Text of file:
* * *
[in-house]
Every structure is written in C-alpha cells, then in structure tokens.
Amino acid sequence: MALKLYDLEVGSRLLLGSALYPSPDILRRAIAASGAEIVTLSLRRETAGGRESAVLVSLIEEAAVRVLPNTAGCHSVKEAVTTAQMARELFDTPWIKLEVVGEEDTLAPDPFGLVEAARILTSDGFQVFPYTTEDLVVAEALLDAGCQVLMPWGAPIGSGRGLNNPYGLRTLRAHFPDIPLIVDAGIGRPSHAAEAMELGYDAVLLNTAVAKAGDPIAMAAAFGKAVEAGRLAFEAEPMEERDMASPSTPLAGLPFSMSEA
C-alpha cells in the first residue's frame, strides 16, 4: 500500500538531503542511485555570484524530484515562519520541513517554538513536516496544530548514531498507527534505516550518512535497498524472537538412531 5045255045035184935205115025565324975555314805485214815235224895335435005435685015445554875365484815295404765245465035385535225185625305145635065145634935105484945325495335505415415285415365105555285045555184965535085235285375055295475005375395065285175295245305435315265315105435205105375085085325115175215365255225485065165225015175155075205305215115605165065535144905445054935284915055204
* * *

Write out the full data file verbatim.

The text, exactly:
[in-house]
Every structure is written in C-alpha cells, then in structure tokens.
Amino acid sequence: MALKLYDLEVGSRLLLGSALYPSPDILRRAIAASGAEIVTLSLRRETAGGRESAVLVSLIEEAAVRVLPNTAGCHSVKEAVTTAQMARELFDTPWIKLEVVGEEDTLAPDPFGLVEAARILTSDGFQVFPYTTEDLVVAEALLDAGCQVLMPWGAPIGSGRGLNNPYGLRTLRAHFPDIPLIVDAGIGRPSHAAEAMELGYDAVLLNTAVAKAGDPIAMAAAFGKAVEAGRLAFEAEPMEERDMASPSTPLAGLPFSMSEA
C-alpha cells in the first residue's frame, strides 16, 4: 500500500538531503542511485555570484524530484515562519520541513517554538513536516496544530548514531498507527534505516550518512535497498524472537538412531 5045255045035184935205115025565324975555314805485214815235224895335435005435685015445554875365484815295404765245465035385535225185625305145635065145634935105484945325495335505415415285415365105555285045555184965535085235285375055295475005375395065285175295245305435315265315105435205105375085085325115175215365255225485065165225015175155075205305215115605165065535144905445054935284915055204